The Climb is an outlier in the modern American comedy landscape, in that it actually seems to have been directed. It’s an epic tale of a toxic bromance, divided up into several chapters, and each one appears to unfold in one or two continuous takes. Normally, this might be cause for concern – long takes tend to be praised for their technical difficulty, but they’re often just an opportunity to show off at the expense of every other filmic ingredient on the palate. However, first-time feature director Michael Angelo Covino, also playing one of the leads, fills his scenes with life and detail, and doesn’t forget the value of good comedic timing.
Take the first scene, for example. Mike (Covino) and Kyle (Kyle Marvin, also a co-writer) are buddies who’ve gone for a cycle ride in the hills of France. Mike waits until they’re going up a steep hill to reveal that he’s slept with Kyle’s fiancé, so that Kyle can’t catch him up; the dynamic changes so that Kyle starts chasing Mike, as passing cyclists and cars interject on the action at the worst possible moments. Covino earns big laughs by following after one character, then swinging the camera back to the previous set-up to reveal how something’s changed, and the performances – particularly among Covino and Marvin, but also GLOW star Gayle Rankin as their high-school acquaintance Marissa – are so lived-in that everything flows naturally.
The time jumps between chapters are surprising; we keep expecting the film to run out of steam, but it never quite does what you expect it to, swerving away from the obvious path and deepening its character dynamics at every turn. It avoids easy sentiment by stressing how toxic a character Mike is, and why the affable (to a fault) Kyle is drawn to him. Rankin is also a great foil for them both, providing a spiky female perspective to an otherwise deeply male film about deeply male men.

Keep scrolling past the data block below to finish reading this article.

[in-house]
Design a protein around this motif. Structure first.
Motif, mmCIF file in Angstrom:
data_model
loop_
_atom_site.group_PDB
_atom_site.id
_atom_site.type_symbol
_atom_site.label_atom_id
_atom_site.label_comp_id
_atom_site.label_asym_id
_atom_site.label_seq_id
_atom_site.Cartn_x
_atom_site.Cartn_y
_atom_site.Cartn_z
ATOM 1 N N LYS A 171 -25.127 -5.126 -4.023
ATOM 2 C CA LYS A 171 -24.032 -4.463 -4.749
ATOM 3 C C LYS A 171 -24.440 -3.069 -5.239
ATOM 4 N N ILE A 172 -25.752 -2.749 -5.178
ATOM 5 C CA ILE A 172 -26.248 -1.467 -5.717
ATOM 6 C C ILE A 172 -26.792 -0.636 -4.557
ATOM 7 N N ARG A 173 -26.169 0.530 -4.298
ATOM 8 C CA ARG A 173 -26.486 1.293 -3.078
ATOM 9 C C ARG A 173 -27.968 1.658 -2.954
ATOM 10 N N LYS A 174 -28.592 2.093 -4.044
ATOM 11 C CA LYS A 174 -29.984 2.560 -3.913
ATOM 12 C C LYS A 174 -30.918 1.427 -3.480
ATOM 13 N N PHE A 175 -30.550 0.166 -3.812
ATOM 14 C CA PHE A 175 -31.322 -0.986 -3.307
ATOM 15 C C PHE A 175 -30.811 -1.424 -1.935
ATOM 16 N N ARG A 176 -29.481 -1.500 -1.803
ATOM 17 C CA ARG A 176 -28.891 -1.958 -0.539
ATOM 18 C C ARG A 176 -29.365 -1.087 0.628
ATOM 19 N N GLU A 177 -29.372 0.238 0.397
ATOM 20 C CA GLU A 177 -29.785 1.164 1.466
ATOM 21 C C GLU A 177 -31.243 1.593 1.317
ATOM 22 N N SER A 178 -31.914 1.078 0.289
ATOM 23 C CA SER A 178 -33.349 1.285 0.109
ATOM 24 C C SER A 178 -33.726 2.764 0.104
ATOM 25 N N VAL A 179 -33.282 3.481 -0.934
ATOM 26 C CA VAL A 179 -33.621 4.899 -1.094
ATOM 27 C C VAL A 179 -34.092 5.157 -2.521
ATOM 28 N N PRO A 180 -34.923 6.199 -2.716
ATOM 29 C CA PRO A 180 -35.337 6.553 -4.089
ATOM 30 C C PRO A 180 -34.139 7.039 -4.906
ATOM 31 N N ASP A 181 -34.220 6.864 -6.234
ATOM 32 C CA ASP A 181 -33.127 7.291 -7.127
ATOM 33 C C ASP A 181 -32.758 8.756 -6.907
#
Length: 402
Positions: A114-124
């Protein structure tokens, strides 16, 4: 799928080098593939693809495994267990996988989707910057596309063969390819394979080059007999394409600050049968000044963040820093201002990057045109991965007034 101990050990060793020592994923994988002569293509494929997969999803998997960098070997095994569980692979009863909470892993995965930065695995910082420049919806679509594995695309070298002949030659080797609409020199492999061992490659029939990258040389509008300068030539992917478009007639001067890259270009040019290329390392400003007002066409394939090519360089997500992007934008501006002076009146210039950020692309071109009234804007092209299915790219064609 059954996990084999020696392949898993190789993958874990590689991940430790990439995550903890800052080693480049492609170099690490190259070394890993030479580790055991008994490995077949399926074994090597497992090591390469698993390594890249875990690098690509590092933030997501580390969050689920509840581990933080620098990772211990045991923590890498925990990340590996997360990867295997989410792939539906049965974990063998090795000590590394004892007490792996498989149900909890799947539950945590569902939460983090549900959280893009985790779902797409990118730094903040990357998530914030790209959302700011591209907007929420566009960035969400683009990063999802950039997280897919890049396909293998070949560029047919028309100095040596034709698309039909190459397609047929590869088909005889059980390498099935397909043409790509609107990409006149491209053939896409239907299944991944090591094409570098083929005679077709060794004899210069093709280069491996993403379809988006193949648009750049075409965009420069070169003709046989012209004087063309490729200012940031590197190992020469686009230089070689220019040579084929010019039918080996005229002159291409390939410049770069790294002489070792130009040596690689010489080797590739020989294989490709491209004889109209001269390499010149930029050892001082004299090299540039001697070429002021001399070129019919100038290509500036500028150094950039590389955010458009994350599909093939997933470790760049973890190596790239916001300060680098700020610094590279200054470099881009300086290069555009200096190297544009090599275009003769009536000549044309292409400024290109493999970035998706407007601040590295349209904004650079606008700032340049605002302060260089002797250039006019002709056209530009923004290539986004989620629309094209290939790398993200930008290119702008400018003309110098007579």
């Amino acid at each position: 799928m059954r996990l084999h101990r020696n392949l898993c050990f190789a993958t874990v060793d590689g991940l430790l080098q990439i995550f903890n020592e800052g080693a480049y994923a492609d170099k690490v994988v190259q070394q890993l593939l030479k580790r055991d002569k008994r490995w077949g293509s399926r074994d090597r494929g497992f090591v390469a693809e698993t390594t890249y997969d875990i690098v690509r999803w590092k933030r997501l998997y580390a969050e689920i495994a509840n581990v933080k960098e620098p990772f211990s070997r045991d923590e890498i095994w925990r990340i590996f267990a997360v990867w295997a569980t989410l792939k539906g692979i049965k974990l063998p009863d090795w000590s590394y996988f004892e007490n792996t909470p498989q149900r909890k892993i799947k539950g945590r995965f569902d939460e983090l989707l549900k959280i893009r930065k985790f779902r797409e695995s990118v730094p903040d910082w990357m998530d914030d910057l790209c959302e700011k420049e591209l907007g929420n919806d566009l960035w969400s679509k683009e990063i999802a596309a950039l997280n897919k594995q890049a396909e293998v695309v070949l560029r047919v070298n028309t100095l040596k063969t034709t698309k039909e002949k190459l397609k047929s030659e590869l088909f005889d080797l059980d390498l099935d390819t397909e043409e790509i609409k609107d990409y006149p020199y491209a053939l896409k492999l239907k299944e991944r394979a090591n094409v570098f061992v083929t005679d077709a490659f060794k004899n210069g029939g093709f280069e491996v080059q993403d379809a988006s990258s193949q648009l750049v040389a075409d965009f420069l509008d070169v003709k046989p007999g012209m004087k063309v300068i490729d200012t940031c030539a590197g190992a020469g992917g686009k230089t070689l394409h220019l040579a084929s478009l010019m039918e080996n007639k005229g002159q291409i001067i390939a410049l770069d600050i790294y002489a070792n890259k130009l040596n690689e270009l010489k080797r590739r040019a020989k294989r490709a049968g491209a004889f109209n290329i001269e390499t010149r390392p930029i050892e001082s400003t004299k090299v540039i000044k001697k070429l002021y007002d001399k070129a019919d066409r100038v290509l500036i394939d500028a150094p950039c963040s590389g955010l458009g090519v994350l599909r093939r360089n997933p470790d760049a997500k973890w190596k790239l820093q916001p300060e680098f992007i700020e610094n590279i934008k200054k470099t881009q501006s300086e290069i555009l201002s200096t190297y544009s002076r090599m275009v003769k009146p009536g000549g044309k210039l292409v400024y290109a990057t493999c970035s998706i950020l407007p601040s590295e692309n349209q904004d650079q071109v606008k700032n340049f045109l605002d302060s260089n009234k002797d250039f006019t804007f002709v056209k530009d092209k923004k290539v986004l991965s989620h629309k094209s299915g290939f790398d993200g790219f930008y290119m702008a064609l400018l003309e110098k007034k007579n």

But again, it’s the filmmaking that’s key, and hopefully ensures that Covino is set to have a prolific career. It’s ridiculous to suggest that peppering a film with ambitious shots makes it more valuable than, say, something from the no-budget mumblecore movement. But his approach cedes much creative control to the actors. And not just to the leads; like Jonathan Demme, Covino gives everyone a personality and moment, including Kyle’s extended family, who gather manically for holiday meals. Even a guy waiting for his coffee is given a nickname and his own tracking shot. And Covino includes a lovely interlude in a cinema and a very funny climactic homage to The Graduate. Aside from some slightly irritating musical montages in between chapters, this is top-tier independent filmmaking and a major highlight of this year’s Cannes.
The Climb does not have a UK release date yet.
Read more reviews from our Cannes Film Festival 2019 coverage here.
For further information about the event visit the Cannes Film Festival website here.
Watch a clip from The Climb here: